A basic point of departure for public order policing in a democracy is that citizens have the right to assemble and protest peacefully – with due regard to the rights of others – in an environment that is safe and secure for the protesters, authorities and passers-by. Indeed, the preamble to South Africa's Regulation of Gatherings Act, 205 of 1993, the law currently governing protests, says as much.
In South Africa, as much as anywhere else, protests have become increasingly violent and adversarial in recent years. Whether trade unionists protesting in support of their demands on the streets of Johannesburg, or anti-globalisation demonstrators decrying the latest G20 meeting, attacks on public order forces and damage to property have become common.
Mthethwa will be followed by Brigadier “Happy” Schutte, current operational head of the South African Police Service's Crime Combating Unit Gauteng, which is tasked with public order policing (POP) in the nation' economic heartland. Schutte, who has some 20 years experience in dealing with crowd situations will address his audience on the role and function of POP in SA today.
Brigadier Bert van der Walt of the police's legal section will next focus on current crowd control legislation and practice – and their effect on law enforcement and law enforcers; a subject he has extensively studied. His presentation will be reinforced by that of Colonel Ally Feizel, the police's section commander operational and tactical training, who was also manager of the police's crowd management project for SWC 2010. He will brief on a proposed new crowd management strategy for the police that will see the adoption of a less lethal approach in terms of equipment and tactics.
Moving further afield, Innocence Chumwa, executive director of the Centre for Law Enforcement Education (CLEEN) in Nigeria will talk on the Nigerian experience with POP, while Mutuma Ruteera, the Dean of Research at the Kenya Human Rights Commission will engage on POP in his country.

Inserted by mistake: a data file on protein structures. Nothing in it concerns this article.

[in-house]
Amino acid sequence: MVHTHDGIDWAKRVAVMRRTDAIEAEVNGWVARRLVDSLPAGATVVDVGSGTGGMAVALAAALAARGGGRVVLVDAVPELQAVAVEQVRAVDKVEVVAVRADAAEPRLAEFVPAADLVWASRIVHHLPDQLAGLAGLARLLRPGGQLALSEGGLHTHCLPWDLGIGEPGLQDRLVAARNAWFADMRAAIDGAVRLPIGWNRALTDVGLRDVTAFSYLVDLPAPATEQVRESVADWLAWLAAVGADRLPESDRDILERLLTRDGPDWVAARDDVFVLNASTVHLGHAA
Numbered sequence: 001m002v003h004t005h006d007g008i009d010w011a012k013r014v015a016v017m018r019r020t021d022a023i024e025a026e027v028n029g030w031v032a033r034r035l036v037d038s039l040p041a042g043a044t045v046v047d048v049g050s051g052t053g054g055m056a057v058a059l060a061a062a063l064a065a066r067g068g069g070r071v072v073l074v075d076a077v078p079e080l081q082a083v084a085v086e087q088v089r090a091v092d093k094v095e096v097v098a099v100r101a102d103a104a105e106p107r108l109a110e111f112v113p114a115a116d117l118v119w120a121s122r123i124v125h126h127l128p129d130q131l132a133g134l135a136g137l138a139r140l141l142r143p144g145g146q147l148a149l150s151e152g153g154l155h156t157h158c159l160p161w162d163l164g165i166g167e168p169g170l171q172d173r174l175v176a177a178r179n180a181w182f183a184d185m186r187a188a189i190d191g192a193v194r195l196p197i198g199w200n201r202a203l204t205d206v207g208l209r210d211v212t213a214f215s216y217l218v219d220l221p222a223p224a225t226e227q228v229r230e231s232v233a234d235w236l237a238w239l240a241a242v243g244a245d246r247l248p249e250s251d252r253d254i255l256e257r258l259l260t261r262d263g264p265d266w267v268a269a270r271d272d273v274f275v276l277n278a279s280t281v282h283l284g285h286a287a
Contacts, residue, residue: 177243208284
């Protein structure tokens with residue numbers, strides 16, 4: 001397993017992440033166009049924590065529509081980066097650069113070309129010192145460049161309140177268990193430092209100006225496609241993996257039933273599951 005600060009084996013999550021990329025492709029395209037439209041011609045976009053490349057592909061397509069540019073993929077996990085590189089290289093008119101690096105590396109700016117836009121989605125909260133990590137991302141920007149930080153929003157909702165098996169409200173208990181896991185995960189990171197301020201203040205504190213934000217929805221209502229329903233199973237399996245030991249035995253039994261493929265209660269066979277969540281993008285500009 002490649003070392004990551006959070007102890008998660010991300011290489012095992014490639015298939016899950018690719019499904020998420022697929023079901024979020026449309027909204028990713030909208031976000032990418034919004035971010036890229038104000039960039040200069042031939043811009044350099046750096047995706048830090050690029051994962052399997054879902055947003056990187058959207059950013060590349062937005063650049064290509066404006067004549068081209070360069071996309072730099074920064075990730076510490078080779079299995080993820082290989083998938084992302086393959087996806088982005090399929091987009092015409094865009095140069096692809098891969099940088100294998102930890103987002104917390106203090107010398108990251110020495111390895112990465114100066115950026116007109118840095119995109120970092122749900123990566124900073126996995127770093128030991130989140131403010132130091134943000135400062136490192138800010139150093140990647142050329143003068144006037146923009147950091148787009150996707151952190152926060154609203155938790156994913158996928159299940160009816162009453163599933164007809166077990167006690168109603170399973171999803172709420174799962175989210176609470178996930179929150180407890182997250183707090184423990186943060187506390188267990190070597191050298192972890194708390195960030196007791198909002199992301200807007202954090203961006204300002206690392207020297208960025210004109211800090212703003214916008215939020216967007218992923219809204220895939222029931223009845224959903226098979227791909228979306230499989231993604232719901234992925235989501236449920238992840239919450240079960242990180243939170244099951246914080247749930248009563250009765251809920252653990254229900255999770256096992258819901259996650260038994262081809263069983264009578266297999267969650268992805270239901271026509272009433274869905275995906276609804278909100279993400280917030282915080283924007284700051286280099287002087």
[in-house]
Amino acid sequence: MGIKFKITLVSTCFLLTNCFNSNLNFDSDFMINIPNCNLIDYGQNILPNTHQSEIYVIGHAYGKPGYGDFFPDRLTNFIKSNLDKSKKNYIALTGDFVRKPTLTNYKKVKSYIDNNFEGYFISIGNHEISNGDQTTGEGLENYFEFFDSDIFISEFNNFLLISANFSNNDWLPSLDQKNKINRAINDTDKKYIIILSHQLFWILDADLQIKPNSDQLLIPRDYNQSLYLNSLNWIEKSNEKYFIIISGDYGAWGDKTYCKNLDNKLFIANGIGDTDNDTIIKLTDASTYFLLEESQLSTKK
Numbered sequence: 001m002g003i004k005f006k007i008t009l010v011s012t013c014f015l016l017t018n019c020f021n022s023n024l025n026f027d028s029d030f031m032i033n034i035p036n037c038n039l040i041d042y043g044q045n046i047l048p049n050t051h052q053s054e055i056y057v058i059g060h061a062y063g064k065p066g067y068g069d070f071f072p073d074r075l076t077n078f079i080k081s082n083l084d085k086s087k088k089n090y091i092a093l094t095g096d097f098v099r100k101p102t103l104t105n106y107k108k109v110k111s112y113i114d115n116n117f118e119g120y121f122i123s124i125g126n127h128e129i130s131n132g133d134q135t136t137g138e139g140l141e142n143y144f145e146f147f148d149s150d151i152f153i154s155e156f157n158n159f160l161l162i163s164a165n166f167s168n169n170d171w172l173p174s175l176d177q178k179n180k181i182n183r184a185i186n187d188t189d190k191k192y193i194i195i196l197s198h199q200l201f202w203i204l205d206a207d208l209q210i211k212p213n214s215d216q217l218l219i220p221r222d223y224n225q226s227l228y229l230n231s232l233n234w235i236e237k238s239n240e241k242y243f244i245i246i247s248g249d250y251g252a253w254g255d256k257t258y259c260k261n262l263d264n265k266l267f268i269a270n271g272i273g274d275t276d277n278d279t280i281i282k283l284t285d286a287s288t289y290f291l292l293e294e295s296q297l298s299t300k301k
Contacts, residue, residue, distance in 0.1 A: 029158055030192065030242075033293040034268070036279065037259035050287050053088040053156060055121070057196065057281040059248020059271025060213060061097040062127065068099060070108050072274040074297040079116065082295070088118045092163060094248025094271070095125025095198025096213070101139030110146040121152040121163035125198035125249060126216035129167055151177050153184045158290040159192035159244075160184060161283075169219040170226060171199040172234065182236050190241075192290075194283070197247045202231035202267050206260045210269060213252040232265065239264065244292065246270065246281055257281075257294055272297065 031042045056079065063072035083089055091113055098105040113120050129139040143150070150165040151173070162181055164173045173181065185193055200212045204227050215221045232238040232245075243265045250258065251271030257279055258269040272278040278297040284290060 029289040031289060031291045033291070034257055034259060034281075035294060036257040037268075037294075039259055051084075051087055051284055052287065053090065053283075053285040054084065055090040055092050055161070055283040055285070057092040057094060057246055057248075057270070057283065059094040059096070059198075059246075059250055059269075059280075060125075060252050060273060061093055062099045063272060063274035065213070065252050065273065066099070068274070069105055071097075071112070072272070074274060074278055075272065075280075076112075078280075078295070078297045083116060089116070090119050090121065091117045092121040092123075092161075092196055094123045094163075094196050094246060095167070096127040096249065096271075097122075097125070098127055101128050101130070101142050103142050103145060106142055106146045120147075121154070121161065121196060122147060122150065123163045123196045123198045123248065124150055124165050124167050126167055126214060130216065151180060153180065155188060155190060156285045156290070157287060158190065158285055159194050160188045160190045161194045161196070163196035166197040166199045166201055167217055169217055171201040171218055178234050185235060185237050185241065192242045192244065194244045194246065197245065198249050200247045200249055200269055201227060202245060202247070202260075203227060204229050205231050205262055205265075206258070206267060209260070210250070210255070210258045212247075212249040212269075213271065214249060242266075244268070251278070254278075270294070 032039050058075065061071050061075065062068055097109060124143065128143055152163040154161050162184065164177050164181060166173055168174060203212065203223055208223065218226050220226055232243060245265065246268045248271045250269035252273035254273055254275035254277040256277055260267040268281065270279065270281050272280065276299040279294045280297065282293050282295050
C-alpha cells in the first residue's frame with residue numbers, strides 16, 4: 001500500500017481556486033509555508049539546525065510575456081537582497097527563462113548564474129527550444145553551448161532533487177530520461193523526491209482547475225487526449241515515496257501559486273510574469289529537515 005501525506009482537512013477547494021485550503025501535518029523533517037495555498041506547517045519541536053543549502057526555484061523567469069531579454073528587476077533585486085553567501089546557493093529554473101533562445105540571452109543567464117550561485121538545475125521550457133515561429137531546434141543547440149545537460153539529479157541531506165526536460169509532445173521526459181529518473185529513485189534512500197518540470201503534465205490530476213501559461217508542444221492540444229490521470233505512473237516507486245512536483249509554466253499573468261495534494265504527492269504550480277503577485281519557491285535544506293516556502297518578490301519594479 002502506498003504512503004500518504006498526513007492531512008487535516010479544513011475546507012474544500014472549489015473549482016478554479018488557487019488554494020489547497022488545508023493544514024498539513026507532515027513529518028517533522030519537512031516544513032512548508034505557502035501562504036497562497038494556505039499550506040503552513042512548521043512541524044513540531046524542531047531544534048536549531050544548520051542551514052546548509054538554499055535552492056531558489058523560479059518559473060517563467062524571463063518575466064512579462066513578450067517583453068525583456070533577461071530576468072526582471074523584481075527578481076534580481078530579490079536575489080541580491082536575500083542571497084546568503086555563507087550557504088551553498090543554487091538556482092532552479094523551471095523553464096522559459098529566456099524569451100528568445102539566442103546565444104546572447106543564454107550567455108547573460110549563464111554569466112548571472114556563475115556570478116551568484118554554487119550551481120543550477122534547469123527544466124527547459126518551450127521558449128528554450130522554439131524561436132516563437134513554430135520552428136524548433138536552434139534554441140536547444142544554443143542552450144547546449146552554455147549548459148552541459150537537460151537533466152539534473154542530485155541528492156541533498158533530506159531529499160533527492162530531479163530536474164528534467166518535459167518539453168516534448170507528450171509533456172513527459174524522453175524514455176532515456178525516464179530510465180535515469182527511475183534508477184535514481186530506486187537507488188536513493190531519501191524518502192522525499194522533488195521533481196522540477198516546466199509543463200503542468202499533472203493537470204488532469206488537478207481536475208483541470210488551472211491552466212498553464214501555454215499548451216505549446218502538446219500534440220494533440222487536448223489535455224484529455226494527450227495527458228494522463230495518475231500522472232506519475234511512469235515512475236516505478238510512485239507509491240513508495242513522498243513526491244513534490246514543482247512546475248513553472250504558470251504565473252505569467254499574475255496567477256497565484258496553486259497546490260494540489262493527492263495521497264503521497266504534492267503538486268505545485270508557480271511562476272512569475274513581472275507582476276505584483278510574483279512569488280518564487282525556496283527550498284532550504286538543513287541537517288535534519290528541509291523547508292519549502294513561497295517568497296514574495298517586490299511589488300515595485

International security and justice sector reform consultant Piet Biesheuvel will focus on ways to manage reputational risk when undertaking sensitive policing activities such as crowd control with an emphasis on international examples of good and “not so good” practice as well as the lessons learned.
University of Cape Town Criminology professor Elrena vd Spuy will draw lessons from South Africa's past, with emphasis on crowd control before the advent of nonracial democracy in 1994. Noted researcher Bilkis Omar will add to this by drawing lessons for the present and future.
Meanwhile, Professor Monique Marks of the University of KwaZulu-Natal and UMAC director Sean Tait will ask if the current legal and policy environment still meets the facts on the ground. Have the nature of demonstrations changed? Have we neglected building the capacity and skill of crowd marshals and the ongoing training required by the police? Has there been a gradual erosion of police public order capacity through the ongoing restructuring that has taken place within the police?
For more on this subject, consider attending defenceWeb's Public Order Policing conference at Gallagher Estate on October 3-4.
For more information contact Maggie Pienaar at ++27 11 807 3294 or email@example.com
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